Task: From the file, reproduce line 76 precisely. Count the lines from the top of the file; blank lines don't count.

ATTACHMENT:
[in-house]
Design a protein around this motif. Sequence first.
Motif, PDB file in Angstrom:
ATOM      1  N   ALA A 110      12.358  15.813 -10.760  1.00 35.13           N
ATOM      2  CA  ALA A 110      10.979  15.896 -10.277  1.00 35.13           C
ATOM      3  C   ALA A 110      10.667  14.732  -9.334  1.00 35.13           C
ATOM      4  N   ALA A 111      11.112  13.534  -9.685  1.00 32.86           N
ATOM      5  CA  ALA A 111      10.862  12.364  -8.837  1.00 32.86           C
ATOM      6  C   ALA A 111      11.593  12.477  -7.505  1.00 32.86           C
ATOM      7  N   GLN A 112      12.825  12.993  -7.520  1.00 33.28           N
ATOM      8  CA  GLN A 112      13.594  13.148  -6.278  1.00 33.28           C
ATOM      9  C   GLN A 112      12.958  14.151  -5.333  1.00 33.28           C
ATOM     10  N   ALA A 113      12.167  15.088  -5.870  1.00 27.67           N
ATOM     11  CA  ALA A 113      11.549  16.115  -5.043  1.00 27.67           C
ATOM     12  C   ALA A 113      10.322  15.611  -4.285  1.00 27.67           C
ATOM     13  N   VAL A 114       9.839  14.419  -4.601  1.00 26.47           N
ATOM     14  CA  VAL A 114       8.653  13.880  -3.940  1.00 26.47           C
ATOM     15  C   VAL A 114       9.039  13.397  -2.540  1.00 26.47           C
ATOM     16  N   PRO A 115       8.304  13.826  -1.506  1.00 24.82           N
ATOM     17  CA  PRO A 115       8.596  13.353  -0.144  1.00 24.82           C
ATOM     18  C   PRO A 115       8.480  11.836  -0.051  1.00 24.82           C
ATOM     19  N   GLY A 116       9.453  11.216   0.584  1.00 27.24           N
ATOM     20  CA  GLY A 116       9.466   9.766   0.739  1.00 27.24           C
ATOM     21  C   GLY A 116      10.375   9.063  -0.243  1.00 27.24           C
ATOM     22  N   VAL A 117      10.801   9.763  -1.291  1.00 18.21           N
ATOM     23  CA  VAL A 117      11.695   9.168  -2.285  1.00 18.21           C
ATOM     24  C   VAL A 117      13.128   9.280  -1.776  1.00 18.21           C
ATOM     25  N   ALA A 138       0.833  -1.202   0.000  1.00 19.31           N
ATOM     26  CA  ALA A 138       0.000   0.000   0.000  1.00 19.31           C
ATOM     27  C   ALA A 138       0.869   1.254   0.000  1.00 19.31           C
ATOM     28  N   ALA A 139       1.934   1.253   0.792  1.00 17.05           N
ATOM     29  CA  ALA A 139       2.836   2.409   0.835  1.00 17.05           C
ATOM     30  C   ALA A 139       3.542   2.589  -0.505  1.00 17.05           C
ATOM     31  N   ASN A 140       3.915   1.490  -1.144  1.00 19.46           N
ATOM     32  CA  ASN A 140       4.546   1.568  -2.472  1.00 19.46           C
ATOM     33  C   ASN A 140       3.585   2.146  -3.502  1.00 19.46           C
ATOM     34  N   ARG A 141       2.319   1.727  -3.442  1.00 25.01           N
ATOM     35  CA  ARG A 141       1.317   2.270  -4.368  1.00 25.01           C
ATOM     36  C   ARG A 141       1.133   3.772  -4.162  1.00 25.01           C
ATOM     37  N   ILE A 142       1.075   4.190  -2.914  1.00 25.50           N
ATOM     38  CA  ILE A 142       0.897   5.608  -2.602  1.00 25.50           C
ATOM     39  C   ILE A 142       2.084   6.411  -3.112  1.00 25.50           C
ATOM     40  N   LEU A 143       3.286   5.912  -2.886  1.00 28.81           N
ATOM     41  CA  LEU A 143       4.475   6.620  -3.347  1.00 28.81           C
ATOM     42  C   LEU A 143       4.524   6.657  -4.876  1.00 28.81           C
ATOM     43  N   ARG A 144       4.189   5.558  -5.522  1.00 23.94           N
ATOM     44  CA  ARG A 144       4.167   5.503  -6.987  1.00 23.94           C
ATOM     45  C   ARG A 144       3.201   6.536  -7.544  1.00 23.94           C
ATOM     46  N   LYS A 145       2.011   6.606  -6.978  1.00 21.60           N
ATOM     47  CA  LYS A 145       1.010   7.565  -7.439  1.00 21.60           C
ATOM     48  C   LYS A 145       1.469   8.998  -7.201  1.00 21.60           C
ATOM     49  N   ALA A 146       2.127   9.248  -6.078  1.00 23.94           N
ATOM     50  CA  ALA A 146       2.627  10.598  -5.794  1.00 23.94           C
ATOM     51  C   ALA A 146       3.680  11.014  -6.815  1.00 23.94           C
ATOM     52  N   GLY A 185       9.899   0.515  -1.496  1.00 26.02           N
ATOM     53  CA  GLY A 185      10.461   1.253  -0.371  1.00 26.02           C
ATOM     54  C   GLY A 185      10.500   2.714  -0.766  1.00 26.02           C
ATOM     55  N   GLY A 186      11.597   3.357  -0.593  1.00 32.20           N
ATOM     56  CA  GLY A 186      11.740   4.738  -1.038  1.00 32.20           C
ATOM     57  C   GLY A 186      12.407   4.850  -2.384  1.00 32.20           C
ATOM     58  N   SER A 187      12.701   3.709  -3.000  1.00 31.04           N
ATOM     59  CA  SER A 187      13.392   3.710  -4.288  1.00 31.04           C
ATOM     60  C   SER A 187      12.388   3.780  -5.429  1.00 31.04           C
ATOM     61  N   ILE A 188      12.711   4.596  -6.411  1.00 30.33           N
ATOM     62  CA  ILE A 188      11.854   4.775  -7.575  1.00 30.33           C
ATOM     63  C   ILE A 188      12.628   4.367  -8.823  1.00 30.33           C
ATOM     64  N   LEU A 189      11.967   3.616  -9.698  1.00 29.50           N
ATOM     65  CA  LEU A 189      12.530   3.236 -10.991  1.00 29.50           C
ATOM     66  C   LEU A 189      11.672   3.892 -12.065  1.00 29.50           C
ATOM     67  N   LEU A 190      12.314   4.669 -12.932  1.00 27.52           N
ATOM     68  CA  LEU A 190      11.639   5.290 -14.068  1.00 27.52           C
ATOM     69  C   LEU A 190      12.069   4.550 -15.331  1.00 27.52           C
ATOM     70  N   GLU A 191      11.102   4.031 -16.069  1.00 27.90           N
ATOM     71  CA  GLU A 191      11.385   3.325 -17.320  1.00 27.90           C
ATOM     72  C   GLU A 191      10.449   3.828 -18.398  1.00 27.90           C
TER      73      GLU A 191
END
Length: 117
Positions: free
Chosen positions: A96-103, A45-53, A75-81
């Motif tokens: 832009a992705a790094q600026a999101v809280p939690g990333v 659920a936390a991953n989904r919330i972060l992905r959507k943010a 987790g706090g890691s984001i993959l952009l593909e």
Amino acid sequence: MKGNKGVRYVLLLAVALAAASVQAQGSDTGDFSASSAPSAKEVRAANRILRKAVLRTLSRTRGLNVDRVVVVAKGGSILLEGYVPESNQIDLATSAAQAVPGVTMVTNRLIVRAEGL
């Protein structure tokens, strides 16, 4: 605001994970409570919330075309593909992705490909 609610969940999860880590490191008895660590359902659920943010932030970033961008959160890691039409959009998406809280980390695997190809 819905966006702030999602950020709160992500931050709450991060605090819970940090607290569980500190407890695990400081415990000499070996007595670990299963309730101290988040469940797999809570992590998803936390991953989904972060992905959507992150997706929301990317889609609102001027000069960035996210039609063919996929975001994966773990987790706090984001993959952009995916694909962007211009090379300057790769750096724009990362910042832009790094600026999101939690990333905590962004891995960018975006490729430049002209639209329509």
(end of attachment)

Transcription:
TER      73      GLU A 191